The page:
I would try ones from 1.5 amps to 2 amps at first, and the fast blow variety. The correct experiment is to find the lowest rated one that works in normal operation, so that means keep going down in value until it trips prematurely, and then go up one "step" in current rating. Again, your goal will be harder since the LGB motors are already low current and do not have a high tolerance for high current.

If one of my engineers was doing this, they would measure the current drawn under normal circumstances, and then pick one with the appropriate "hold current" (you will see this in the link).


Good luck. I would wonder if you could not do something else to avoid derailments also, but I'm sure you are full up with advice now!

Regards, Greg
 

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Discussion Starter · #23 ·
Greg,

Really appreciate your explanation and with you explaining Ohms Law, it makes sense that the engine would only draw current in proportion to the voltage and resistance in the circuit.
The question then becomes, what caused the engine to pull up to 15 amps because if it pulled more, the circuit breaker on the Bridgewerks would have tripped but since it was not tripped
the amps did not exceed 15 but that would destroy stuff like the motor and gears. Engine had a strong burnt smell.
The wheels were turning but slowly so I think you have pinpointed the problem. The drive train was impeded during the derailment reducing the resistance of the motor which caused it to draw
more amperage which could have gone up to 15 amps with my Bridgewerks which would have caused the motor and gears to burn out.
With the problem probably identified in that it was not a short circuit and that it doesn't matter how big a transformer I have because of Ohms Law, it sounds like Pete had a great suggestion when
he suggested I put a 3 amp polyswitch in one leg of the connectors between the transformer and track. This would pop at 3 amps and save the motor from burning out because of the extra amps the engine is calling for because of the binding of the wheels or impending the drive train.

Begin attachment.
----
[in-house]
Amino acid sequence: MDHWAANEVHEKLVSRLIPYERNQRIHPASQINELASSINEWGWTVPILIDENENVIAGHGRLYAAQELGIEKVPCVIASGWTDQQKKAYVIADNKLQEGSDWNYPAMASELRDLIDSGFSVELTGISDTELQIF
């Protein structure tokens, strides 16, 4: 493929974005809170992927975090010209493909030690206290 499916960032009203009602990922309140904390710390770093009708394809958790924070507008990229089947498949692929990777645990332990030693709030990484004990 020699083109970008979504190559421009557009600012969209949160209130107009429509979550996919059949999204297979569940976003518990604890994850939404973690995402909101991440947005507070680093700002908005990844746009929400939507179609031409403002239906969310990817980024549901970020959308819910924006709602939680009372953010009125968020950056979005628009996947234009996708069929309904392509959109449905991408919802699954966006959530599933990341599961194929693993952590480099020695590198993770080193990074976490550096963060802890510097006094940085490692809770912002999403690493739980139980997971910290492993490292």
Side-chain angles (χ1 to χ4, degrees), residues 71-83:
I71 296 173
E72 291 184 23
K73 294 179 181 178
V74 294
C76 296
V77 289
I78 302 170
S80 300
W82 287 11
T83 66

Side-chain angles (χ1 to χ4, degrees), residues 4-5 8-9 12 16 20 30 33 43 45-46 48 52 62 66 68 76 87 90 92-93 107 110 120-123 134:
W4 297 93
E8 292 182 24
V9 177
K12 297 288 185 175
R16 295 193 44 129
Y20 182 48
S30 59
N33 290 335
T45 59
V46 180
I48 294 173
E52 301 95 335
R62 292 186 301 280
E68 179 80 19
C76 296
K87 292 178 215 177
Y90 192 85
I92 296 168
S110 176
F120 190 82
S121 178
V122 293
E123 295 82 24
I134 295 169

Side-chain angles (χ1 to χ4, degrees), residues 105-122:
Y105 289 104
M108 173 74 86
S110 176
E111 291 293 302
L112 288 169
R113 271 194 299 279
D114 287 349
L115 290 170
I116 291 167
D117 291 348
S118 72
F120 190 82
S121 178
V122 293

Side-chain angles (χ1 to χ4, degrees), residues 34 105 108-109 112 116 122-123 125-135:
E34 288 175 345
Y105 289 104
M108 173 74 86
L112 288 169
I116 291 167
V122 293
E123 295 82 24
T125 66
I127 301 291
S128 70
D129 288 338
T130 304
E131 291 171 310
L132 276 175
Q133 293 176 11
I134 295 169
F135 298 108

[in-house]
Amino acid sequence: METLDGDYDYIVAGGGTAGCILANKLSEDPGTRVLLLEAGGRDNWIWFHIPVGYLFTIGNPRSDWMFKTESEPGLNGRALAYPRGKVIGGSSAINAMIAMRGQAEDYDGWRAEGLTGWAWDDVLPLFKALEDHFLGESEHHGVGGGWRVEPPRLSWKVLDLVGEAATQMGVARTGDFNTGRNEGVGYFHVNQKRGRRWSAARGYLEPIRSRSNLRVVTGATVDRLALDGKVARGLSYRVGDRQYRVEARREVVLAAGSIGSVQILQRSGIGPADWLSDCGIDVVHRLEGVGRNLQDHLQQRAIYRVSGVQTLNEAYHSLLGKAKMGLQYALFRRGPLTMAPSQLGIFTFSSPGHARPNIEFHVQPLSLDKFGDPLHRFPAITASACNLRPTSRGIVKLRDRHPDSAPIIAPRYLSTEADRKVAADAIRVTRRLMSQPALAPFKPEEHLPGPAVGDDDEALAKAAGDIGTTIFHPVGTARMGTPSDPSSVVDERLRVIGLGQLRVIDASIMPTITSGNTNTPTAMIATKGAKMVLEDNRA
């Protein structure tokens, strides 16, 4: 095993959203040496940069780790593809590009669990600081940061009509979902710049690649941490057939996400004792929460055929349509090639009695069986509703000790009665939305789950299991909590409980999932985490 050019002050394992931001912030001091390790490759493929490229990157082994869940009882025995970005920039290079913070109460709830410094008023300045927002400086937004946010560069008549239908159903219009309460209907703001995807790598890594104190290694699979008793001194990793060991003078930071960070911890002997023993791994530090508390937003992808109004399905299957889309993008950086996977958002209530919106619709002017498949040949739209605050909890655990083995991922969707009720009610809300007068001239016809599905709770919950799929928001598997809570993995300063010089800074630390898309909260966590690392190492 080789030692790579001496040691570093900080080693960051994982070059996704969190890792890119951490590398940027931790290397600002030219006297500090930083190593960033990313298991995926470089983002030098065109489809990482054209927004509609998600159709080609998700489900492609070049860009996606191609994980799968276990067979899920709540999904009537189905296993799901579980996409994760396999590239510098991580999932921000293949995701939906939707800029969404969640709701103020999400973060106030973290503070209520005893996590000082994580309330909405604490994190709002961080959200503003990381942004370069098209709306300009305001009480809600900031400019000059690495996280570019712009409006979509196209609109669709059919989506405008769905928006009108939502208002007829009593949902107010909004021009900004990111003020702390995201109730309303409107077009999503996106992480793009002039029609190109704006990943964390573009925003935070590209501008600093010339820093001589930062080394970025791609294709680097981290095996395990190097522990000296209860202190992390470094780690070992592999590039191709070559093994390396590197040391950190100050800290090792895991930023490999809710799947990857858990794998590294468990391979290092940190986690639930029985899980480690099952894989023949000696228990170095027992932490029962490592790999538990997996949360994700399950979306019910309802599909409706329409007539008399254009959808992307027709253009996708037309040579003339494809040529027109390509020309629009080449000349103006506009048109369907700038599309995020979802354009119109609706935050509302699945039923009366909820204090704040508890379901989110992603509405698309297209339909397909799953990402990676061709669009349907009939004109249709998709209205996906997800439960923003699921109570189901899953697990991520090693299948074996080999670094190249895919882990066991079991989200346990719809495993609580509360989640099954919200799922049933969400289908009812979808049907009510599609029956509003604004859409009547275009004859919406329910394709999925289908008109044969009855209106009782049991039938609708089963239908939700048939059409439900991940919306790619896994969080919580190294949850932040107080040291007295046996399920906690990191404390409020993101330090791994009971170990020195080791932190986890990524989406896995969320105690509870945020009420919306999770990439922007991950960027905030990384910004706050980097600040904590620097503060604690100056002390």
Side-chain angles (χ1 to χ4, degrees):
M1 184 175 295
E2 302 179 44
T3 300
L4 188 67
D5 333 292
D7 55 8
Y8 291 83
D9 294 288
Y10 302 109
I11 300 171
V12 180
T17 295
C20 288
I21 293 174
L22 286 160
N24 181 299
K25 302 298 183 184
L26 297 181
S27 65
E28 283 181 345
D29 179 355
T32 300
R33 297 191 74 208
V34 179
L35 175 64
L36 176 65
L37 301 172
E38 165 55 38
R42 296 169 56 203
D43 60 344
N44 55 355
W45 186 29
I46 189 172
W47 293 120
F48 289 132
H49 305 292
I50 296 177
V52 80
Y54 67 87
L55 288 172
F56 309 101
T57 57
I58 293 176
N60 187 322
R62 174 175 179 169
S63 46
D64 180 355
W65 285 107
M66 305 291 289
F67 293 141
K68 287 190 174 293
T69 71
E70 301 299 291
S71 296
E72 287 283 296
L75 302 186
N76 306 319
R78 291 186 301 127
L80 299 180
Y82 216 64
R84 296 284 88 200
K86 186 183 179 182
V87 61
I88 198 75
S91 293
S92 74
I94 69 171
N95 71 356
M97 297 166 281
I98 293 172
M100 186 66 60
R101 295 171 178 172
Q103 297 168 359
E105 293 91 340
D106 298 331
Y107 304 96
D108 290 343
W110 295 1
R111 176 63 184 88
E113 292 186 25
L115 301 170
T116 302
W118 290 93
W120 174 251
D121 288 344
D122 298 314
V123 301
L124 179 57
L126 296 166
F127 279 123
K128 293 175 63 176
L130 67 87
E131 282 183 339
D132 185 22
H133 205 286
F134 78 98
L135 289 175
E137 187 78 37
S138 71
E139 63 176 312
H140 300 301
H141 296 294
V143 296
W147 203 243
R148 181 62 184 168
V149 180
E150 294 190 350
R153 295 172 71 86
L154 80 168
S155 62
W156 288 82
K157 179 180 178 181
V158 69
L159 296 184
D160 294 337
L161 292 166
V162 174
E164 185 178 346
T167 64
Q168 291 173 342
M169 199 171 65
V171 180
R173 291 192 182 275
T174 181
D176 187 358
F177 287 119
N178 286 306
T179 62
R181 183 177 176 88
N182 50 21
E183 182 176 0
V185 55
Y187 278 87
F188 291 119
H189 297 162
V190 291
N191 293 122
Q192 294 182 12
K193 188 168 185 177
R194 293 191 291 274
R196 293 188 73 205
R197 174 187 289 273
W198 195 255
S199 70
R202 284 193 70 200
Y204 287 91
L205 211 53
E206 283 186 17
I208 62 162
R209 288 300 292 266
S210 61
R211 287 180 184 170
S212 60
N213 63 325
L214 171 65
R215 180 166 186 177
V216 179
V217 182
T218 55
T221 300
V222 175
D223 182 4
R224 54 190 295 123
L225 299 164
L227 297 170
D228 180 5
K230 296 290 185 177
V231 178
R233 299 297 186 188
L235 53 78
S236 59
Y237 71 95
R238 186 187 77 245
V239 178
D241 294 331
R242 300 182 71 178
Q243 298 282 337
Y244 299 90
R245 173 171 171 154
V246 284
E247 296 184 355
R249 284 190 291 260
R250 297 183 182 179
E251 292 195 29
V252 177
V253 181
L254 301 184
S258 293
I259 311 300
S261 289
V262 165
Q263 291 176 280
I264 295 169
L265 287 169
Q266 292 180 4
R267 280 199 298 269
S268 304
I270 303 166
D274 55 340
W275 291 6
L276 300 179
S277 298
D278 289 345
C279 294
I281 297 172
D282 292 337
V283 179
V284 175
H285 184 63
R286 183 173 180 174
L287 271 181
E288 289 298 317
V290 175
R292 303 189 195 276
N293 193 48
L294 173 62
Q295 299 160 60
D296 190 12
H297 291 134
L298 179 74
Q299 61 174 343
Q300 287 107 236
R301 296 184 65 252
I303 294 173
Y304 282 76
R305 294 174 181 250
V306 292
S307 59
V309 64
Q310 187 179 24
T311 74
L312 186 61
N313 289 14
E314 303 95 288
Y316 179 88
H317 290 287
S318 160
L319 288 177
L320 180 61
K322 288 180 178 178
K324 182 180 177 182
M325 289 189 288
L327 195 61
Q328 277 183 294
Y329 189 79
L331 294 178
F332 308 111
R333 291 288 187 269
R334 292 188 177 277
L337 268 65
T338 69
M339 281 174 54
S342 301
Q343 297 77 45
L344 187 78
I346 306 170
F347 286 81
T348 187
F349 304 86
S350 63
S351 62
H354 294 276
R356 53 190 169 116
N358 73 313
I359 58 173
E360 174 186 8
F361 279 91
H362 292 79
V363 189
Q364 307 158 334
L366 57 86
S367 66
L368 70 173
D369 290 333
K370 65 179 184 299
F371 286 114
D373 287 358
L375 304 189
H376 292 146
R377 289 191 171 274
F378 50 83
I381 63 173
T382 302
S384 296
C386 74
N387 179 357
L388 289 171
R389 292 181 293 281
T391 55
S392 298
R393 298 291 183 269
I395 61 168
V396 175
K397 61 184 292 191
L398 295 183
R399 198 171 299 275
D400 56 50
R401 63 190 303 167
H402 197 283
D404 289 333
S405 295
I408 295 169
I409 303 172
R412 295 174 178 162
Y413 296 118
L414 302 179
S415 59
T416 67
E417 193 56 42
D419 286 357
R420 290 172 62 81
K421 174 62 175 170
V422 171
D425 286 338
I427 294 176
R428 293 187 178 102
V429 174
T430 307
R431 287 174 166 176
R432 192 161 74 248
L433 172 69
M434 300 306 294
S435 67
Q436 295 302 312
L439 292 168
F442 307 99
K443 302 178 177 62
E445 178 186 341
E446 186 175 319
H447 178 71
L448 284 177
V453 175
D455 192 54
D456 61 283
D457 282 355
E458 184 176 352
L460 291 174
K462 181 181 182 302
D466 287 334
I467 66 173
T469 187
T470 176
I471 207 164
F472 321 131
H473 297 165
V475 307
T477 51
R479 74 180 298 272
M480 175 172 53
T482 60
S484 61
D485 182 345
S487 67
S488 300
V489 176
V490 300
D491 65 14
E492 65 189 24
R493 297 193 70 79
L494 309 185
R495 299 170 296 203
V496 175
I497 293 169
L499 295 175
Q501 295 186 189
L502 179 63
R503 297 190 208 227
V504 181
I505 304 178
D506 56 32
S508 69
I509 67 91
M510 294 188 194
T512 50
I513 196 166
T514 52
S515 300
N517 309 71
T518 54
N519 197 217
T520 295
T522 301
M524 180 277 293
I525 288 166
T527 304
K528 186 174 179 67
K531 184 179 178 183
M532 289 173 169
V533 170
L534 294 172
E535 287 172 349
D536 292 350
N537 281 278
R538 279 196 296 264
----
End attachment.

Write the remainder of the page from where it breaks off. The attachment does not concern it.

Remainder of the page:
Does that make sense?
Yes, the wheels turning slowly could be a heavy load, hard to gauge, but the rest of the symptoms sure look like overloading the motor.

The trick will be to choose a polyswitch that will tolerate "normal running" but trip above that.

This may be a bit of work for you, since there is indeed a "fast blow" version of the polyswitch, but few people other than electrical engineers know about that model.

It will probably require you to go to Mouser or Digi-Key to get...

Also 3 amps will be too much, you may have to experiment, you want the lowest current model that allows normal operation of the loco, so you may have to buy several different values to get the one that meets your need, this is a fine line. 3 amps will be too much on the LGB motors, since they cannot handle gobs of current like the Aristo Craft locos that have 3 amp ones, they have fan cooled, high current motors as compared to your LGB

I would try ones from 1.5 amps to 2 amps at first, and the fast blow variety. The correct experiment is to find the lowest rated one that works in normal operation, so that means keep going down in value until it trips prematurely, and then go up one "step" in current rating. Again, your goal will be harder since the LGB motors are already low current and do not have a high tolerance for high current.

If one of my engineers was doing this, they would measure the current drawn under normal circumstances, and then pick one with the appropriate "hold current" (you will see this in the link).


Good luck. I would wonder if you could not do something else to avoid derailments also, but I'm sure you are full up with advice now!

Regards, Greg
Greg,

Thank you for your time and comments. Based on your expertise, I'm sure what you have described is causing the LGB to overload and burn up. Thanks for the link.
Will go with the 1.5 amps and 2 amps with the fast blow variety and see which one works.
As far as the derailment issue, I have tried to solve that problem. Problem is the engine could run for 6 hours a day for days at a time and be fine. Then it would derail. I live in Michigan